A Statistical Look at Draymond Green's Dominant Defense

In an NBA season defined by historic offensive numbers, Draymond Green's defense has continued to stand out.

The 2016-17 NBA season has been an historic one, to say the least. League-wide scoring is at its highest mark in over 25 years, we’ve seen record-highs in triple-doubles and three-point shooting, and just recently someone notched the sixth 70-point game in NBA history. The offensive explosion has been impossible to ignore and sustained from the first game of the season to the last, and yet, it has coincided with some equally impressive individual performances on the defensive end. Just as there is a definite case to be made for several players for the league’s Most Valuable Player award, the same can be said for its Defensive Player of the Year, with standouts like the Spurs’ Kawhi Leonard, Utah’s Rudy Gobert and the Warriors’ very own Draymond Green the likely leading candidates.

After finishing second in the voting each of the last two seasons, Draymond Green may have put forth the best defensive season of his career this year. Utilizing his unparalleled defensive versatility, Green has hounded opposing players both in the paint and out on the perimeter with staggering success, as evidenced by the fact that he leads the league in defensive win shares (4.7), a metric that estimates the number of wins a player contributes to his team through his defensive production.

Despite not having the height advantage of some of his counterparts, Green has been one of the top rim protectors in the NBA, tied for the league-lead in defensive field goal percentage (.439) within five feet of the basket (minimum 400 shots defended), while also leading the NBA in steals per game (2.0) and trailing only John Wall in total deflections (295). That’s an extremely rare skill set, as according to Basketball Reference, Green is on pace to become just the sixth player in NBA history to play at least 20 minutes per game and post block (.033) and steal (.030) rates of three percent or greater within a single season. That means that, on average, approximately 6.3 out of every 100 opponent possessions with Green on the court this season have resulted in a block or steal by him.

The switch-heavy defensive scheme that the Warriors utilize simply would not be possible without Green’s ability to contain centers and guards alike, and that’s exemplified by his defensive rating of 99.3, which leads the league among all qualified players who average at least 20 minutes per game. That means that the Warriors have allowed an average of 99.3 points per 100 possessions with Green on the floor this season, but that mark actually pales in comparison to how stout Green was in Kevin Durant’s absence after the perennial All-Star went down with a knee injury on the last day of February. One would naturally have expected Golden State’s defense to suffer without their leading shot-blocker and defensive rebounder, but the exact opposite proved to be true, thanks in large part to Green’s ramped up play on that end of the floor. In the 19 games Durant missed due to injury, the Warriors posted a defensive rating of 97.0 points per 100 possessions with Green on the court, nearly 10 points fewer than the league average over that span.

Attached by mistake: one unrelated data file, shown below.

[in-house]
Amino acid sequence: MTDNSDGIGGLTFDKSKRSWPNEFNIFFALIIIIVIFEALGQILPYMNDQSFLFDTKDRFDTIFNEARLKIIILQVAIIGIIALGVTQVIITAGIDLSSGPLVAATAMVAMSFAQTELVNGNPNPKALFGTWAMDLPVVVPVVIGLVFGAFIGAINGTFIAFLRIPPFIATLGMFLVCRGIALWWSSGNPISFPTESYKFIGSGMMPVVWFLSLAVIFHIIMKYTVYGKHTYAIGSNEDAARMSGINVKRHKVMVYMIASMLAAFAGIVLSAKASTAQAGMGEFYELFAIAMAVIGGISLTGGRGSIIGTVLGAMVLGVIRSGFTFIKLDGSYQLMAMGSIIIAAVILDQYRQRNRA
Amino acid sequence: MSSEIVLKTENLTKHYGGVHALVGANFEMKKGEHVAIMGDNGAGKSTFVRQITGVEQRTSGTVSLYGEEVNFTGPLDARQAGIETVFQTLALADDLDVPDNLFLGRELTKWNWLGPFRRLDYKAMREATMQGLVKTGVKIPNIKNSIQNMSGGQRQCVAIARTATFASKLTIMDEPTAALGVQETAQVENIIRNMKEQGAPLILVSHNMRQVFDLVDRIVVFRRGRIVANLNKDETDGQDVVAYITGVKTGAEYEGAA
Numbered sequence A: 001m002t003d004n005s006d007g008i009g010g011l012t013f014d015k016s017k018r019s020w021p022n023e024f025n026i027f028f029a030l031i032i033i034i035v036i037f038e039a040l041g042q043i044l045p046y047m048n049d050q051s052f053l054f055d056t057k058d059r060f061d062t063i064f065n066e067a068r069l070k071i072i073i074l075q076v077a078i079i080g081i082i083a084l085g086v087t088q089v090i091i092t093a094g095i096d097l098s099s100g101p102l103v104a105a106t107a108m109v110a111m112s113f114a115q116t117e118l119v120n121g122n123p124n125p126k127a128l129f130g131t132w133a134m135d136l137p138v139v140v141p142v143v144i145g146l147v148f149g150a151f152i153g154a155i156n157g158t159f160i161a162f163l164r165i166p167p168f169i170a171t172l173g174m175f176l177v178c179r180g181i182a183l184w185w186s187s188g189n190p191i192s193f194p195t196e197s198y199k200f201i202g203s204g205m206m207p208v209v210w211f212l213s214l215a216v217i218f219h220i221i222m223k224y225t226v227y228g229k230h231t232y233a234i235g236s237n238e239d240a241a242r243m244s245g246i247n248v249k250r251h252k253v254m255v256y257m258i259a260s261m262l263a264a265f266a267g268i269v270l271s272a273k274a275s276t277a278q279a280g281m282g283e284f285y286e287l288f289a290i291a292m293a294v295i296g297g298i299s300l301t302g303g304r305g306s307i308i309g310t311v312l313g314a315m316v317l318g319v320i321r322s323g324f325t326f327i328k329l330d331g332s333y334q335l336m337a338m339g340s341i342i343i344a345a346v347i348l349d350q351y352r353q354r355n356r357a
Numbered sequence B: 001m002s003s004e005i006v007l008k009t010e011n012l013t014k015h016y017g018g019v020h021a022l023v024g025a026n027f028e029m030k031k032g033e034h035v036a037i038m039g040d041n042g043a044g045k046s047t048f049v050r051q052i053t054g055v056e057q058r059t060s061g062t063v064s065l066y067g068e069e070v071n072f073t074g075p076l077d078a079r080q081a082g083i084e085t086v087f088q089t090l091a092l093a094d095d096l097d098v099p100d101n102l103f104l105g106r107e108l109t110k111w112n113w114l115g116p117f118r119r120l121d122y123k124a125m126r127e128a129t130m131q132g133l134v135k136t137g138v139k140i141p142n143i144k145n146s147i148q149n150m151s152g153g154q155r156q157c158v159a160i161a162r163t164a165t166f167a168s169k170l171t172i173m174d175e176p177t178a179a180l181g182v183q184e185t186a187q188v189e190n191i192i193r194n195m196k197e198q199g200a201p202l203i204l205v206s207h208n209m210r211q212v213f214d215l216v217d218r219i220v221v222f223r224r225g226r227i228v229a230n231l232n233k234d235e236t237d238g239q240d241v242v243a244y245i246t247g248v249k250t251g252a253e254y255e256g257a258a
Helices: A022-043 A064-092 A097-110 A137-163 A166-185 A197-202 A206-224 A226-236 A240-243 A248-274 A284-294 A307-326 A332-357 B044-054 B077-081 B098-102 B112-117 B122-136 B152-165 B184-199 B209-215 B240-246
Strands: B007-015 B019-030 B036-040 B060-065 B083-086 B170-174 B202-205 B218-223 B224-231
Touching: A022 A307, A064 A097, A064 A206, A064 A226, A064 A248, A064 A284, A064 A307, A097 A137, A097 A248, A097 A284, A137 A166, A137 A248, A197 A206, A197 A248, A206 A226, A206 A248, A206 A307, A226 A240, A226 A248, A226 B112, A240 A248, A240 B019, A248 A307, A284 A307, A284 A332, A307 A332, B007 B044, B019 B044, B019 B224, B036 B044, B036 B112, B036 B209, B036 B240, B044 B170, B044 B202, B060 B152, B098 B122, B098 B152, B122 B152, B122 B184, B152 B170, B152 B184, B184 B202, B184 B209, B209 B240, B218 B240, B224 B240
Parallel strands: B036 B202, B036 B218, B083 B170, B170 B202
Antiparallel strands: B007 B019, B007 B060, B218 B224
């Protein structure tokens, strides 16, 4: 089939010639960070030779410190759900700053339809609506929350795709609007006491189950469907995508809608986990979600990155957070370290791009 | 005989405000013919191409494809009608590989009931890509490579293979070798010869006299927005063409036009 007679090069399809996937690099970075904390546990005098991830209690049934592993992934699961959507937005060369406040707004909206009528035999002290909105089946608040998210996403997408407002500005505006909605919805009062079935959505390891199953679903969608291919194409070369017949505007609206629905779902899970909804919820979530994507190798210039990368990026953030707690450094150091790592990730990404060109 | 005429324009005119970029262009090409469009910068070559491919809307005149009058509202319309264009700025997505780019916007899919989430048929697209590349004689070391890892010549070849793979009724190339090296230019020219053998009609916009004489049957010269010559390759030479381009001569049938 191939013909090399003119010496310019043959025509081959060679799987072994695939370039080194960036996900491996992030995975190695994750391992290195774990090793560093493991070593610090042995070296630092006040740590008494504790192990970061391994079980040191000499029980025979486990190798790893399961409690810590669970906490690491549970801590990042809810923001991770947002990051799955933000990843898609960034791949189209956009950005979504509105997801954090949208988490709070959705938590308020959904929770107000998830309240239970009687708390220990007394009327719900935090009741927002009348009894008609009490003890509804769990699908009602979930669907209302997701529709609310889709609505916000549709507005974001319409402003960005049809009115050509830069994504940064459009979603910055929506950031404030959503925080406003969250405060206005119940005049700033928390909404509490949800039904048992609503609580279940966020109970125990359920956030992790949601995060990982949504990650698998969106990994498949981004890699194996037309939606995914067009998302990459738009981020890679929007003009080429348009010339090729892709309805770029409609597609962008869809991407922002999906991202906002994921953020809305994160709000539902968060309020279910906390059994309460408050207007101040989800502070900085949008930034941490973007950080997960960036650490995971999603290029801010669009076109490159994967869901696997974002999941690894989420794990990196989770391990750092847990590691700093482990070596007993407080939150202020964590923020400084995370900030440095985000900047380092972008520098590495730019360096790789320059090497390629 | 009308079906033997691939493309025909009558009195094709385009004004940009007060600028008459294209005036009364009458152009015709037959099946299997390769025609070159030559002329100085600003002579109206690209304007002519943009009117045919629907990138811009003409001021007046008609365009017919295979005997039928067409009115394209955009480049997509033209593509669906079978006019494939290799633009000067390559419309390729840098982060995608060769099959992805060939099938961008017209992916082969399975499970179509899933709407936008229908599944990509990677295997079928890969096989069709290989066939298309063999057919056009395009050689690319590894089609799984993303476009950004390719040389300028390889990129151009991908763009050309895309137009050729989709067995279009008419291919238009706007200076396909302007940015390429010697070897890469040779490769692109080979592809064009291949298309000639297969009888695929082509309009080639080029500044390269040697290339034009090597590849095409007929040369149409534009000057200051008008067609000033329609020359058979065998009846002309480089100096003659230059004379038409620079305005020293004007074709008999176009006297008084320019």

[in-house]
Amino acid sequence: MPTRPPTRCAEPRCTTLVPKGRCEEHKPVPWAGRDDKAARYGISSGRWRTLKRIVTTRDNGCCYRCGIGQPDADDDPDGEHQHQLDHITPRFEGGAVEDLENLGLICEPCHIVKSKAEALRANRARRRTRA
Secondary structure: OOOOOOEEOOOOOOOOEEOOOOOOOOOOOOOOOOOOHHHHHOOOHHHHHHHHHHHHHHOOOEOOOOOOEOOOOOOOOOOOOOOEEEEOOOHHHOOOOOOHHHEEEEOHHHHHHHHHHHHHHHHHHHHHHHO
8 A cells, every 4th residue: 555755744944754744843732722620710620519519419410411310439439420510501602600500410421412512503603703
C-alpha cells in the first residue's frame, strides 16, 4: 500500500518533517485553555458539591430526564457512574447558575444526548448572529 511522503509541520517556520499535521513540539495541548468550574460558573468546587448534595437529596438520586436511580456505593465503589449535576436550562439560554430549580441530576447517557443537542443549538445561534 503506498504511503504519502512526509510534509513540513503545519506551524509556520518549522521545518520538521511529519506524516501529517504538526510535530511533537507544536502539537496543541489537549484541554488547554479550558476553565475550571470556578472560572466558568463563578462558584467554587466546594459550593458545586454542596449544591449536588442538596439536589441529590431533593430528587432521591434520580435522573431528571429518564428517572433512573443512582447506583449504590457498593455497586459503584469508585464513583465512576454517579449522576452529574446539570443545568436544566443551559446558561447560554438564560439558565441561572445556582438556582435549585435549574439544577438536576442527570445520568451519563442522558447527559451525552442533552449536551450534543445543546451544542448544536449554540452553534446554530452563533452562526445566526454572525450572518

And yet, Green faces stiff competition for this year’s Defensive Player of the Year award, and with multiple viable candidates, it may simply come down to the voters and the moments of defensive dominance they remember most. If that indeed is the case, that may actually work in Green’s favor, as he’s provided a defining defensive play to seal a Warriors’ victory on several occasions throughout the season.

Kawhi Leonard is the only player to receive more votes for the award than Green in each of the last two seasons, and the reigning two-time Defensive Player of the Year is likely to finish near the top of the voting again in 2016-17. Leonard is universally regarded as one of the premiere two-way players in the game today, but some of his individual defensive metrics have regressed just slightly relative to his winning campaign of a year ago. Dwight Howard (’08-’09 to ’10-’11) is the only player in NBA history to win Defensive Player of the Year in three consecutive seasons, so history may not be on Leonard’s side this time around.

Along with the Warriors and Spurs, the other division leading team in the Western Conference has another worthy candidate for Defensive Player of the Year on their roster. Rudy Gobert leads the NBA with an average of 2.7 blocks per game, defends the most shots inside five feet of any player (10.3 per game) and is tied with Green for the lowest field goal percentage (.439) of anyone who has defended at least 400 such shot attempts. Consequently, Gobert trails Green by just three thousandths of a defensive win share per game for the league lead, so the margin is razor thin, but in a race this close, who knows what could prove to be the difference in determining a winner.

Ultimately, it’s a shame that only one of these players can be recognized as the league’s Defensive Player of the Year, as all are plenty deserving. The winner will be revealed at the league’s first-ever NBA Awards Show in New York on June 26th on TNT, meaning an NBA Champion will already have been crowned earlier that month. Green, Leonard and Gobert are all headed to the postseason with their respective teams in less than two weeks, and the defensive play of each individual will likely have a considerable impact on how deep into the playoffs each team goes.

It’s already been an historic NBA season thus far, and with all three of these dominant defenders on track to play starring roles in the upcoming playoffs, the best may still be yet to come.

*All statistics according to NBA.com/stats unless noted otherwise